Early development

In 1926, the National Aeronautic Association proposed filling in all or part of Kingman Lake to expand Kingman Island so that a new city airport could be built there. Two years later, the piers supporting the Benning Bridge were reconfigured to permit a dredge to pass between them. The reconfiguration was exceptionally complex, as 92 percent of the city's electrical supply passed through cables carried by Benning Bridge. The new, large dredging ship Benning was used to dredge the upper part of the Anacostia River, and some of the fill from this operation was used to create two new islands in Kingman Lake, named Island No. 3 (3 acres (1.2 ha) in size) and Island No. 4 (4 acres (1.6 ha) in size).

In 1934, the Corps of Engineers transferred ownership of Anacostia Park, Kingman and Heritage islands, and Kingman Lake to the National Park Service. The Park Service also proposed extending East Capitol Street onto the reclaimed land and then over the Anacostia River, and building a complex of sports stadiums, an armory, an outdoor theater, a swimming pool, an ice skating rink, and athletic fields on the flats. Legislation proposing a bridge across Kingman Island and stadium complex in Anacostia Park was submitted to Congress, which did not act on the proposals. The first nine holes of Langston Golf Course were built on the north end of Kingman Island in 1939, and the back nine on the lake's western shore in 1955.

In August 1947, construction of an airport on Kingman Island was again proposed, but the NCPPC disapproved the proposal in December. The project was proposed again in August 1948, because dredged material was still being placed on Kingman Island to build it up and large portions of the island remained undeveloped.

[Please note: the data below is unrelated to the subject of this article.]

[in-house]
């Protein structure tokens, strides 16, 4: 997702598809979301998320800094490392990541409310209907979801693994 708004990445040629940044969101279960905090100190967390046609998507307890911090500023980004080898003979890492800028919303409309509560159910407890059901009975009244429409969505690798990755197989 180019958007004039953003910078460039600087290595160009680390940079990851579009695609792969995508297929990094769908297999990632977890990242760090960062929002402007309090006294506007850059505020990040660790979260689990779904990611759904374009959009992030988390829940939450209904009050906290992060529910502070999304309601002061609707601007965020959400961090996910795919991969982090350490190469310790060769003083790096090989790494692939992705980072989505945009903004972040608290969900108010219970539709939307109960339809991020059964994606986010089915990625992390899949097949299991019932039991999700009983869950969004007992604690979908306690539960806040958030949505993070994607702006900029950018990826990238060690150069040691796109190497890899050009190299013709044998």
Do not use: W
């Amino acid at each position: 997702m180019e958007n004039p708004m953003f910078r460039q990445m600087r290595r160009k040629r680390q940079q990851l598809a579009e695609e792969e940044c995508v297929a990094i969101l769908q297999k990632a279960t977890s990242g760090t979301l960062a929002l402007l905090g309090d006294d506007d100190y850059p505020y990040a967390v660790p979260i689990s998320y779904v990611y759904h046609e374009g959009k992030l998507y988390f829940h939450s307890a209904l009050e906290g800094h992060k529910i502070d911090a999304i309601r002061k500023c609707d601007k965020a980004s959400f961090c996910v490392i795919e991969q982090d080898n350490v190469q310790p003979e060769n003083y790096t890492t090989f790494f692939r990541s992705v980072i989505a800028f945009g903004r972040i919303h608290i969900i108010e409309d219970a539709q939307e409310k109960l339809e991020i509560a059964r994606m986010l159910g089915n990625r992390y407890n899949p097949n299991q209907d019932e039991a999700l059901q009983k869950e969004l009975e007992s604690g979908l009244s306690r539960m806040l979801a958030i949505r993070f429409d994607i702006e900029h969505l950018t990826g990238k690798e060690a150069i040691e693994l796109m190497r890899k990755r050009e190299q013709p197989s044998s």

In 1946, the last pair of bald eagles on the Anacostia River abandoned their nest on Kingman Island. Although a bird watcher claimed to have seen a bald eagle nest on the Anacostia River in 1988, the bald eagle did not return until transplanted eaglets returned to the river as adults in 2004.

 

The Whitney Young Memorial Bridge, center, was built across Kingman Island and the Anacostia River in 1955. Construction on RFK Stadium began two years later.

1950s–60s

The city finally extended East Capitol Street across the Anacostia River and Kingman Island in 1955. That 1934 proposal was finally approved by city and federal planners in 1949. The Whitney Young Memorial Bridge opened in November 1955.

Reclaimed land on the western shore of Kingman Lake became the site of RFK Stadium in 1957. D.C. officials, who had been seeking a site for a large all-purpose sports stadium since the early 1930s, finally won support from the U.S. House of Representatives for a stadium at Anacostia Park in January 1957 and the District of Columbia Stadium (renamed Robert F. Kennedy Stadium in 1968) opened in 1961.

A number of development proposals were made for Kingman Island throughout the 1960s, although few were adopted. A second concrete span for Benning Bridge was constructed in 1961; the old span now carried eastbound traffic, while the new span carried only westbound traffic. In 1961, the NCPPC proposed filling in 59 acres of Kingman Lake (about 50 to 60 percent of the lake's total area) and relocating some of the riprap walls to make Islands 3 and 4 part of the mainland and add an additional 19 acres (7.7 ha) to Langston Golf Course. This plan was never acted on, and a year later the city proposed turning Kingman Island into a landfill. Two years later, the city proposed closing the first nine holes of Langston Golf Course and building a $10 million public aquarium on the site, but the National Park Service refused to turn over the land to the city. In 1965, the city again asked permission to turn Kingman Island into a landfill. Although this plan was not approved, the city did begin dumping environmental trash (such as grass cuttings, leaves, and tree stumps) on Kingman Island at this time. Four years later, the city proposed closing all of Langston Golf Course and building extensive low-income public housing on the golf course and the rest of Kingman Island.